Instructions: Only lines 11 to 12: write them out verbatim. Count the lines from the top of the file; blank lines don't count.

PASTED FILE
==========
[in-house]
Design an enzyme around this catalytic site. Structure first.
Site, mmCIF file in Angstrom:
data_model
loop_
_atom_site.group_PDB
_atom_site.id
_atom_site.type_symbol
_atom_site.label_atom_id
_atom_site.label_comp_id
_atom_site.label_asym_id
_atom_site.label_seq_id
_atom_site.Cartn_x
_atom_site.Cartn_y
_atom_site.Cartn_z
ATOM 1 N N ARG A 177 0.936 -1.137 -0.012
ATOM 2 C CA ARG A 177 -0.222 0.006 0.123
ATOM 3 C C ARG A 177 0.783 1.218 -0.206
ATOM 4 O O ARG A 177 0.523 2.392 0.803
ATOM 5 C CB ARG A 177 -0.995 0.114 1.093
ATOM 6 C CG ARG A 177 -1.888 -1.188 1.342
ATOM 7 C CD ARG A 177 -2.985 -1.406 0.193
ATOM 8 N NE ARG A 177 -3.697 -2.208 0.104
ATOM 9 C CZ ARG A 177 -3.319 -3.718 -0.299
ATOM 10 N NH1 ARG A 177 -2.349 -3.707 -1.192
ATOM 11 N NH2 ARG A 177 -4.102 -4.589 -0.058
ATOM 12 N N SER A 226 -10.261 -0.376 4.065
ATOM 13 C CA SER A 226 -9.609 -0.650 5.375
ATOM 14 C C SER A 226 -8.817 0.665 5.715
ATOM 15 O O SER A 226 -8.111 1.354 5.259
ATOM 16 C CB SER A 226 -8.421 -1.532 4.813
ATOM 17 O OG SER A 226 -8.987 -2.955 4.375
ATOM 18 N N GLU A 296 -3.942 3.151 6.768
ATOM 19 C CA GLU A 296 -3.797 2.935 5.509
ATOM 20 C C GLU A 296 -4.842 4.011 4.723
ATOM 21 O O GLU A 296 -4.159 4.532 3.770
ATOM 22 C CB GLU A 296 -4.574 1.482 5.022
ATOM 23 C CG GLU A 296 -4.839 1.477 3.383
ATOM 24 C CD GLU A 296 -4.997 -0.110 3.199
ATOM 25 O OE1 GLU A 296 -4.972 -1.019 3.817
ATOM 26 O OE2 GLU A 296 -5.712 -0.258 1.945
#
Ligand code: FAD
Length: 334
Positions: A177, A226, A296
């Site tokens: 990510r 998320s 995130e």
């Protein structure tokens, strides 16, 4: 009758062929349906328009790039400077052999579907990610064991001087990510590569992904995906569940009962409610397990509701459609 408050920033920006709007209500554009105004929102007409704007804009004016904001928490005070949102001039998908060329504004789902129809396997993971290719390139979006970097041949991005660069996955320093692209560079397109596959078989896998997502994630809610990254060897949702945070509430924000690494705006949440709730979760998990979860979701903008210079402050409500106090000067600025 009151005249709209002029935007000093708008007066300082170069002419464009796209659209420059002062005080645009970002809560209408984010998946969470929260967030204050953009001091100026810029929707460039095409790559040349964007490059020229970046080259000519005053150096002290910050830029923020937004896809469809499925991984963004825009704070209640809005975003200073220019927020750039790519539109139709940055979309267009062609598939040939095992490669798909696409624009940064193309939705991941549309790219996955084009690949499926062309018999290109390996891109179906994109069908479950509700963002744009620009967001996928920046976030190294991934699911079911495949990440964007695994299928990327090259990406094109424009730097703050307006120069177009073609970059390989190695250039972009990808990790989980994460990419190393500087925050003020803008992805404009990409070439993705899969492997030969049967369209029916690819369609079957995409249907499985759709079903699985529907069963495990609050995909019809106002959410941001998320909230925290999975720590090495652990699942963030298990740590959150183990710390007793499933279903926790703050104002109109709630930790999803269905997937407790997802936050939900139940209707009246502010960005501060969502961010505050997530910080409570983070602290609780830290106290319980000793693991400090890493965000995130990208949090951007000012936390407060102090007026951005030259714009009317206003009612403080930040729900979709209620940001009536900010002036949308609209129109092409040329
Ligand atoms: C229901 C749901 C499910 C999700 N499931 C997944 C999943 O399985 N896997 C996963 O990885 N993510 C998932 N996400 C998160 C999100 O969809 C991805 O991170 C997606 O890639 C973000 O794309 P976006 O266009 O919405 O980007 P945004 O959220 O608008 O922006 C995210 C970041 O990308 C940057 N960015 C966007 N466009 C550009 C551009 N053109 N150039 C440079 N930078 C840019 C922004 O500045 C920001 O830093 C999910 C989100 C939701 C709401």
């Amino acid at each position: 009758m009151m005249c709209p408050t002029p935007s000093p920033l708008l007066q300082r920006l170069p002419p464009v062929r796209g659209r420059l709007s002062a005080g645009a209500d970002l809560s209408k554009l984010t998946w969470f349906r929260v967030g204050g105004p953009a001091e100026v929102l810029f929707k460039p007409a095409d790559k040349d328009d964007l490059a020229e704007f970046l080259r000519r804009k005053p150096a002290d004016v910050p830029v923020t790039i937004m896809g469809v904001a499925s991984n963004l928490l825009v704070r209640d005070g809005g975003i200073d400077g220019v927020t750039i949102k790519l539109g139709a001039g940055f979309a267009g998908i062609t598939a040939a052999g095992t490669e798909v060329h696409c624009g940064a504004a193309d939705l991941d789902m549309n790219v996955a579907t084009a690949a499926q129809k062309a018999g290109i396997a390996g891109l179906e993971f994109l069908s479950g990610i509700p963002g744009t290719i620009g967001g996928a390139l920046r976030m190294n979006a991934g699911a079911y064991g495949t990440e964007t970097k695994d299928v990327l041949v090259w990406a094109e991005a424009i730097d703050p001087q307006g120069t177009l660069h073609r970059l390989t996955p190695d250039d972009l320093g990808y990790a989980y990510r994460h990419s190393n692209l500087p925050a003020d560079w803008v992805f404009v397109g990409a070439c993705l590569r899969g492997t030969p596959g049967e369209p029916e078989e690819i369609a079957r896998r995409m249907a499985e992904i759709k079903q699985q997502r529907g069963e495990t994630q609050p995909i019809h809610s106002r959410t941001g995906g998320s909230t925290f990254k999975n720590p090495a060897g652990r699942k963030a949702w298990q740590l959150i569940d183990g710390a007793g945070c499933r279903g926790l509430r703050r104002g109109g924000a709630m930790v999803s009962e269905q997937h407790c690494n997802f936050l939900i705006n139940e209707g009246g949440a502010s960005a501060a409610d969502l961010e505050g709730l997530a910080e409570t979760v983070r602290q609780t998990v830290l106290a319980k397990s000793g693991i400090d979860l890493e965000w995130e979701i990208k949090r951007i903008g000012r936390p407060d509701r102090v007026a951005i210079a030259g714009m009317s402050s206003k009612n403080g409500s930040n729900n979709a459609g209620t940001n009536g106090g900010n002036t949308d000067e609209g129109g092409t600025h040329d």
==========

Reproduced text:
_atom_site.label_asym_id
_atom_site.label_seq_id